Of hearts and minds: how heart health can predict brain health in people with Alzheimer’s disease

Lay summary by Kristyn Bates


An American survey conducted in 2012 found that Alzheimer’s disease was the most feared of all the diseases that burden humankind. Alzheimer’s disease is the most common form of dementia, where brain function progressively deteriorates over time, having a devastating effect on the affected individual, their loved ones and carers.

For the vast majority of cases, we don’t know what causes Alzheimer’s disease, however several risk factors have been identified. These risk factors include things that cannot be changed such as genetic markers and age, but also some behaviours relating to lifestyle choices that can be modified. Amongst these modifiable risk factors, cardiovascular health is an attractive target for preventative strategies because vascular disease has been associated with increased risk for dementia.

The Framingham Risk Score (FRS) is a composite measure used to predict the likelihood of coronary heart disease (i.e. heart attack, angina, and heart failure) over a 10-year period. The FRS takes into account age, gender, smoking, cholesterol levels, history of cardiovascular disease, diabetes and blood pressure. The value of the FRS is that it can be used to predict future cardiovascular disease and also used to guide therapeutic interventions to reduce the risk for heart disease in an easy and accessible measure.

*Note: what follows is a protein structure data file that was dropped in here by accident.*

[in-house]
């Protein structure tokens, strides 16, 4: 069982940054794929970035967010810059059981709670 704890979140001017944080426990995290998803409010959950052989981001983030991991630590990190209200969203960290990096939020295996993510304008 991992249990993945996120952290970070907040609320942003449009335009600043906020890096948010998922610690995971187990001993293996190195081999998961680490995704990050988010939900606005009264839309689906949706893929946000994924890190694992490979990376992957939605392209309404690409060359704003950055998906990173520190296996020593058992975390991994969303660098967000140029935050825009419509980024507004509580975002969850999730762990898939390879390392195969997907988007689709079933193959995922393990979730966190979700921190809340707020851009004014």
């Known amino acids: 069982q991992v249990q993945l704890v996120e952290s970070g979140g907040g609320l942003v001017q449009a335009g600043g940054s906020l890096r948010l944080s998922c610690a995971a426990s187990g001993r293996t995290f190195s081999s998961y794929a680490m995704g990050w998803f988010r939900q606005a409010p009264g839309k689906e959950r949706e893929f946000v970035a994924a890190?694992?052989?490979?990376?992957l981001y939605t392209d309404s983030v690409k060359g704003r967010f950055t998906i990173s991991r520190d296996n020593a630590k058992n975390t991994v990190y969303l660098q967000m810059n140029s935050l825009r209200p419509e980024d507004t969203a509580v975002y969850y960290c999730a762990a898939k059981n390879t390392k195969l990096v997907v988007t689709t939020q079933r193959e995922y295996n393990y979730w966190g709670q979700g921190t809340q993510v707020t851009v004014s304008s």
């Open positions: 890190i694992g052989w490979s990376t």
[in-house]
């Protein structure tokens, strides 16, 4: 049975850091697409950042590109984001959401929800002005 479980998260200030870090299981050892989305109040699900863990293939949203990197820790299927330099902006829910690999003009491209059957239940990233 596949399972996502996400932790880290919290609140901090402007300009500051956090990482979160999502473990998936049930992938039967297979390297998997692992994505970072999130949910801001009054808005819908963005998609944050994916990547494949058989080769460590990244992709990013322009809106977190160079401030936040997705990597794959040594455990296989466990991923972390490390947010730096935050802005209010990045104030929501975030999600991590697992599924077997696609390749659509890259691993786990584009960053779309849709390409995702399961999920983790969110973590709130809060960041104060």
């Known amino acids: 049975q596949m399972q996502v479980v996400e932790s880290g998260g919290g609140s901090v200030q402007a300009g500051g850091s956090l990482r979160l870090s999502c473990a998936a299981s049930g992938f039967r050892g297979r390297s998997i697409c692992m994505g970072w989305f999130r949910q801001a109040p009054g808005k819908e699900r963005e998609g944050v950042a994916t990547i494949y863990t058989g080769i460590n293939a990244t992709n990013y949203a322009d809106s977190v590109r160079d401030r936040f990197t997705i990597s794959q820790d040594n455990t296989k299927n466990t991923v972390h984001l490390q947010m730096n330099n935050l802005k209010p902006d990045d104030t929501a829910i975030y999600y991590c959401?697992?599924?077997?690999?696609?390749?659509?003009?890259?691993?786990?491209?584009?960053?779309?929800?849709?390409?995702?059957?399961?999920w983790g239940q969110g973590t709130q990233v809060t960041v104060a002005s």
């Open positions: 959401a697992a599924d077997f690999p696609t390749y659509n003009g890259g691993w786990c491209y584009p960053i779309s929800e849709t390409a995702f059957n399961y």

A new study led by Giovanna Viticchi and colleagues, examined whether the FRS could be used to predict the rate of cognitive decline in a twelve month period in patients already diagnosed with Alzheimer’s disease.

The results showed that the FRS was predictive of cognitive impairment and disease progression. When the researchers took into account genetic risk for Alzheimer’s disease (people who carry the APOEε4 allele) and who also had vascular damage, the predictive value of the FRS was even higher.

At present, there is no cure for Alzheimer’s disease, therefore it is very important to find ways to either prevent the disease from occurring or slow the progression of the disease when it has taken hold. The results from this study suggest that improving cardiovascular health can help slow the decline in brain function for people living with Alzheimer’s disease. Furthermore, patients at greatest risk may receive the greatest benefit from adopting this strategy.

Keeping hearts healthy may therefore prove an effective strategy in the fight against dementia.

For further information

Read the Neurobiology of Aging original research article which this summary is based on Framingham Risk Score Can Predict Cognitive Decline Progression in Alzheimer’s Disease (July 2015).

Visit the profile of the research ambassador, Kristyn Bates, who wrote this summary.

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